Messing around with long exposures at the local pond.
The weir is in full flow with both flood routes active beside the 3 main sluices, leading to a horse-shoe shape of white water.
These shots were taken in the evening. When I returned in the morning with the dog, the weir was back to it’s normal trickle
There was some major sun-spot activity, and increased sun-spots means an increase in the Northern Lights activity.
There had been solar-storm warnings, and this was expected to make the Lights visible as far south as Estonia.
So, armed with camera and tripod, off I went.
I didn’t go far, as the fog had come in, and the sky was 100% cloud.
So I shot this instead …
Staying local, there is a large old Scots Pine (if it wasn’t for the fog you could see it in the image above) near me that I’ve been wanting to shoot for a while … but make it different.
No cloud, no moon … hmm why not.
Off I trundled, camera, tripod and timer in hand and shot some star trails over the top of the tree.
This is 60 x 30 second images that have been layered together to show the motion of the Earth. I could have done this as one exposure, however the amount of light pollution would have meant a really rubbish image.
The Milky Way over the top of this tree would be a great shot, but unless there is a power cut that affects the entire central Scotland belt, I don’t think it’s going to realistically happen.
It’s been cold, wet, windy and snowy. In fact, the weather has been against me as every time the skies been clear, I’ve gone out to try to re-take star trails over Dedridge Pond, and within 10 mins of setting up, the clouds have came and hidden every thing, so I’ve given up and gone home.
I set out to take some long exposures of the weir at the pond and I’d just shot this image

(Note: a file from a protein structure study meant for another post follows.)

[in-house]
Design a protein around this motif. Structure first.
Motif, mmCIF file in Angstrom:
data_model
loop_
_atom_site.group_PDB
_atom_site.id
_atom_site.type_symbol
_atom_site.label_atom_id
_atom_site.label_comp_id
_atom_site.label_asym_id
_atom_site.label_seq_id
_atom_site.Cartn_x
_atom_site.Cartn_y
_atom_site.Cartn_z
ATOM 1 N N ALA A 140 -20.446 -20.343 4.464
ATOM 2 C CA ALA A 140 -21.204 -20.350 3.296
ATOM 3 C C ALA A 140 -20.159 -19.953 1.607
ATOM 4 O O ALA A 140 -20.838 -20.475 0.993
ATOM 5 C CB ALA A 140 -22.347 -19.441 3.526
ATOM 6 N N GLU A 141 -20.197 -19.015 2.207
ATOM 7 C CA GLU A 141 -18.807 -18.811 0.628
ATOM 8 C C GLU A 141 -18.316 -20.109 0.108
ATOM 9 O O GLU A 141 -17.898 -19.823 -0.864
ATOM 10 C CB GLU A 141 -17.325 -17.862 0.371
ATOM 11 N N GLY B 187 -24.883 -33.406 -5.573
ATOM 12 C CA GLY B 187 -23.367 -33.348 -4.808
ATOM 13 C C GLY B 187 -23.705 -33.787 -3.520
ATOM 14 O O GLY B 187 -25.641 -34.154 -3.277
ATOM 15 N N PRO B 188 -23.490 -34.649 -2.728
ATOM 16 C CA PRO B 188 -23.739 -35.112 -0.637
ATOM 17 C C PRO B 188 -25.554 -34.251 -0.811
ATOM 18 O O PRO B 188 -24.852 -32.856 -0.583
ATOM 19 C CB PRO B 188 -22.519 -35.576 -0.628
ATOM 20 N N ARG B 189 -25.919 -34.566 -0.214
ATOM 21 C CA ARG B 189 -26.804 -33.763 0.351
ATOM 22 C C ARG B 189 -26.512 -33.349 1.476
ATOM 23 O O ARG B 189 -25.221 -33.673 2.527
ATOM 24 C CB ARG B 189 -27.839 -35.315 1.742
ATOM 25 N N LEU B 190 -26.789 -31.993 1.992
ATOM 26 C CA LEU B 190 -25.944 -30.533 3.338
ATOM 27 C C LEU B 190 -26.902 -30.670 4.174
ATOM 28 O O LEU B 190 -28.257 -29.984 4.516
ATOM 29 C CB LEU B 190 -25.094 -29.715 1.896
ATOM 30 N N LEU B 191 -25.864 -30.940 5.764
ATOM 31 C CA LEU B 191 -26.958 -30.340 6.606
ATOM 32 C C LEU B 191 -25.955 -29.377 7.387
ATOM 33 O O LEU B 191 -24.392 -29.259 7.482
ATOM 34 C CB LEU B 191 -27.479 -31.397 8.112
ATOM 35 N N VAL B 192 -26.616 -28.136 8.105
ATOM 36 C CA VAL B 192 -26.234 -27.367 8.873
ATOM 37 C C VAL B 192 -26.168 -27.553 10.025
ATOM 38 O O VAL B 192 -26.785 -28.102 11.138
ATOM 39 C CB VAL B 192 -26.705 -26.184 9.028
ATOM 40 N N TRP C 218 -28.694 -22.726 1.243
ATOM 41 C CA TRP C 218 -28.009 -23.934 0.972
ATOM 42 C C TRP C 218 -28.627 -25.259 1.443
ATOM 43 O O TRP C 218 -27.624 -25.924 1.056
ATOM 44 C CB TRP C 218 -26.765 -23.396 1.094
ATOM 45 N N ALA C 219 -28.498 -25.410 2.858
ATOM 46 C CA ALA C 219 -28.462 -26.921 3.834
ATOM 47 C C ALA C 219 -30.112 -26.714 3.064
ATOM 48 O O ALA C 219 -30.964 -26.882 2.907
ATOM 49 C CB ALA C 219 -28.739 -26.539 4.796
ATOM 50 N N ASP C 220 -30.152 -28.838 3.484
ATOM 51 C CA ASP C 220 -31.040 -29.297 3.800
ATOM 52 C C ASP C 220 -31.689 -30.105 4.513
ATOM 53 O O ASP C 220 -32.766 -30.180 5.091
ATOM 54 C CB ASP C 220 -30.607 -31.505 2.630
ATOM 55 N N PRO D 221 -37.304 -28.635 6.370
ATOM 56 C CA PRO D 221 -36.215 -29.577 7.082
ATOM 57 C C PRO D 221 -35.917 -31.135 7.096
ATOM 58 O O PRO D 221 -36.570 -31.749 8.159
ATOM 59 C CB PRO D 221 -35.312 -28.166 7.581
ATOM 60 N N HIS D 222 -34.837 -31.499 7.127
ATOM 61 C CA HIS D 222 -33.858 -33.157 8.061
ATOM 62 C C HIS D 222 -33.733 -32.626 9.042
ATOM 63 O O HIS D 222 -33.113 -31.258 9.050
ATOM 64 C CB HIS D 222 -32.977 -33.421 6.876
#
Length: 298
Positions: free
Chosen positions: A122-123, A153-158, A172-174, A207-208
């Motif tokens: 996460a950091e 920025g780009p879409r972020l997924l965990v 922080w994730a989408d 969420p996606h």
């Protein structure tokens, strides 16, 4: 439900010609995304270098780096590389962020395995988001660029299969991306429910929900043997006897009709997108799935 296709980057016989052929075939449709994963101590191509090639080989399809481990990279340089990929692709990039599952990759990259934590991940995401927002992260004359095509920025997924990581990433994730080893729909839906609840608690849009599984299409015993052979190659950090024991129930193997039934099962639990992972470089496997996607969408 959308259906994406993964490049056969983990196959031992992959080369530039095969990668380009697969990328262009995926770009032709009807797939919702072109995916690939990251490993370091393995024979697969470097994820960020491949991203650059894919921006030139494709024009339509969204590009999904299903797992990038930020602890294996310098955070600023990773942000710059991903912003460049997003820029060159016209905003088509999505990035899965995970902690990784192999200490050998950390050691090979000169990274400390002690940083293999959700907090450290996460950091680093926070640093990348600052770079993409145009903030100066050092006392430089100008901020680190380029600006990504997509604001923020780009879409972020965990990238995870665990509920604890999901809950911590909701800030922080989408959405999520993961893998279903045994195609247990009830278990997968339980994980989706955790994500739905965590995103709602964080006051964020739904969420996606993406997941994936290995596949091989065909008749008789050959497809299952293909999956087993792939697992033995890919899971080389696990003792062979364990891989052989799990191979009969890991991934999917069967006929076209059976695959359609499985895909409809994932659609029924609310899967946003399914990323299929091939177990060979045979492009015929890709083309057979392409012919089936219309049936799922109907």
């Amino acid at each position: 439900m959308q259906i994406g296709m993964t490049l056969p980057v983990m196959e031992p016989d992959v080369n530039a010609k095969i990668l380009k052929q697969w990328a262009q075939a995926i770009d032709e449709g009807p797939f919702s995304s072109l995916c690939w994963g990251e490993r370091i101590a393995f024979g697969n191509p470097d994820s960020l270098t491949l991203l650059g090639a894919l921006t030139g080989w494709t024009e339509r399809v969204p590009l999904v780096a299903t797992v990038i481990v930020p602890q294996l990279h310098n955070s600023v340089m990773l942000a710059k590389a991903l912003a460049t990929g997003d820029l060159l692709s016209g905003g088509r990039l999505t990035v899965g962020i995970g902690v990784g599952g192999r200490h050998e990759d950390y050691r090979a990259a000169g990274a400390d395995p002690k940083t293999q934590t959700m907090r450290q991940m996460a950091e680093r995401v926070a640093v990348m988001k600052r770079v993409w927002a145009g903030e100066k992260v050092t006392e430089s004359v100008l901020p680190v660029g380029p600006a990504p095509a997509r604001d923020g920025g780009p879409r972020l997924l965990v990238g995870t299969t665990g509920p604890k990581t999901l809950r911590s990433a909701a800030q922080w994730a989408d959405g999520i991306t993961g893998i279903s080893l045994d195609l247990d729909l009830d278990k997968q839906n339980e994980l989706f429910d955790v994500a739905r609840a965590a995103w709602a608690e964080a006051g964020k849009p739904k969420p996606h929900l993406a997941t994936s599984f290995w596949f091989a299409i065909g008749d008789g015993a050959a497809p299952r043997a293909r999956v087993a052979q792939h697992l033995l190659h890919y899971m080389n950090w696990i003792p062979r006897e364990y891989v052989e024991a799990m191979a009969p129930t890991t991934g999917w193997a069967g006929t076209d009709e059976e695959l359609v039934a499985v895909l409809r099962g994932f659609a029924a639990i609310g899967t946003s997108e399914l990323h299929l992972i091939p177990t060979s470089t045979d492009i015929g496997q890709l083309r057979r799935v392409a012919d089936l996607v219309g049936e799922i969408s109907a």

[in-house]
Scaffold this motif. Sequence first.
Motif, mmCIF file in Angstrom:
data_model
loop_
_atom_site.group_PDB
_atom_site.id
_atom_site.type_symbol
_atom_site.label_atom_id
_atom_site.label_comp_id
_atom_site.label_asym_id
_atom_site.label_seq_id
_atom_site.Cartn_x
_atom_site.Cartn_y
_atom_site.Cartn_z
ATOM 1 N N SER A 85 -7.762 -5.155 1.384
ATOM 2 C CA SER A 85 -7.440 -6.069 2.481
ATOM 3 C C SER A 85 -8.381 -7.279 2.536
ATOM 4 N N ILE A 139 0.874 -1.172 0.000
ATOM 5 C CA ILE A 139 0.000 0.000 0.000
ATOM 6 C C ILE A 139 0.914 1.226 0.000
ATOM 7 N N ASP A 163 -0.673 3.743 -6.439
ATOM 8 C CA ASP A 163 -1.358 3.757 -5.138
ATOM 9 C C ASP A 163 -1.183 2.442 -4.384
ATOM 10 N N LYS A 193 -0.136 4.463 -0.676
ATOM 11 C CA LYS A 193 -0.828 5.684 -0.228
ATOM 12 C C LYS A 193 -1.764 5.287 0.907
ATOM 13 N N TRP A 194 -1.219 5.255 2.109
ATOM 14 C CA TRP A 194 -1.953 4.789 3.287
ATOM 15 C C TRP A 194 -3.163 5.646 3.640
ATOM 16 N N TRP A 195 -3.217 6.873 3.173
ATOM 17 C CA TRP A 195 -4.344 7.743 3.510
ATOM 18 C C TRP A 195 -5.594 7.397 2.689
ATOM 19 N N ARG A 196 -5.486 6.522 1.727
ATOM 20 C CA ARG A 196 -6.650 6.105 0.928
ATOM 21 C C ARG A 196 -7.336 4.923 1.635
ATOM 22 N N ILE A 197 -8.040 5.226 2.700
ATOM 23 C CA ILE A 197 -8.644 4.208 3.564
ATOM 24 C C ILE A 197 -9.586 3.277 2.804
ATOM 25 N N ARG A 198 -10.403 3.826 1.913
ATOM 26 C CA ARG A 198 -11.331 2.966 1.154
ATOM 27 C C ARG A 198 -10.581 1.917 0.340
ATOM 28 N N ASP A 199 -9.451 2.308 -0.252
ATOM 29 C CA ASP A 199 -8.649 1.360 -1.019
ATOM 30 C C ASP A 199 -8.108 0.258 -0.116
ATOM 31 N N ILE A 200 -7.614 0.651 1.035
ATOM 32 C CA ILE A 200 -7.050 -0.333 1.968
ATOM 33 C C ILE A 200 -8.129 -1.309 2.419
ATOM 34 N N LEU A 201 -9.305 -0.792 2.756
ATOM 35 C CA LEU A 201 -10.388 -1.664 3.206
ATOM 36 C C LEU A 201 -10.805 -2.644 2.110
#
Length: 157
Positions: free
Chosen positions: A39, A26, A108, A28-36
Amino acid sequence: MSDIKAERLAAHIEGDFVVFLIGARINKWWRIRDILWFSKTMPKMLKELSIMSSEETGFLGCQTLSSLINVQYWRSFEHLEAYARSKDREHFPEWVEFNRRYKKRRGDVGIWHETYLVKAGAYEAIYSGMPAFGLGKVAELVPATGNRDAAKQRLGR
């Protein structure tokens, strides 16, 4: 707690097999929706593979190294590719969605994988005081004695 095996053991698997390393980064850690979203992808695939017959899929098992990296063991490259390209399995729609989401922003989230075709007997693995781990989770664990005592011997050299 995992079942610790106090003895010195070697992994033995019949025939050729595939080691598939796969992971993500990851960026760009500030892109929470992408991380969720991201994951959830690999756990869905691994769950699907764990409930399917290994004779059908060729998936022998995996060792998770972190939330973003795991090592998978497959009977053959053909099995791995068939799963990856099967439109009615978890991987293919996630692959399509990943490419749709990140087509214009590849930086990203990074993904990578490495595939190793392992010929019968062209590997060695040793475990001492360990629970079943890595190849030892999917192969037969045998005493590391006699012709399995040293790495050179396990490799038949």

and out came the snow Snow’s a bit of an understatement. Blizzard, really.
So I retreated under the bridge to keep the kit dry … and to carry on shooting
and from a slightly different angle
So I went out one night around the pond in the snow. It was clear – and bloody cold – and after I set up, out came the clouds and the clear skies vanished, along with the stars, leaving a flat, boring orange sky.
I’ve done this before, so I thought I’d try again.
It’s really quite easy to do (even more so in a car the size of mine), but the effects are simply stunning.
These were all shot with the posted 30mph speed limit (probably a bit slower than that), and are 13 second exposures.
I stood the tripod in the back of the car, with a leg wedged in to the seat fold, focused to infinity and used my remote sequence timer to activate the shutter. This meant that at no time while I was driving, did I have to touch the camera to activate it
It features a fair bit on this blog as it’s the closest interesting landscape thing near me. It’s a man-made pond that is in a mixed beech and oak wood and is a real piece of tranquility
October saw the arrival of a new torch, a 210 lumen CREE LED.
Smaller in size than the halogen, it takes 4 x C cells rather than 1 big 9 or 12 volt battery.
This has the obvious advantage of making the torch more ‘torch’ shaped than a small box with a large cone at one end. It also means that it’s more portable; it can slide in to the retaining loops on my camera bag quite securely, leaving both hands free to carry the tripod, balance etc.
The downside is it takes C cells and not a single rechargeable.
Still, based on current usage with cheap batteries it shouldn’t be an issue.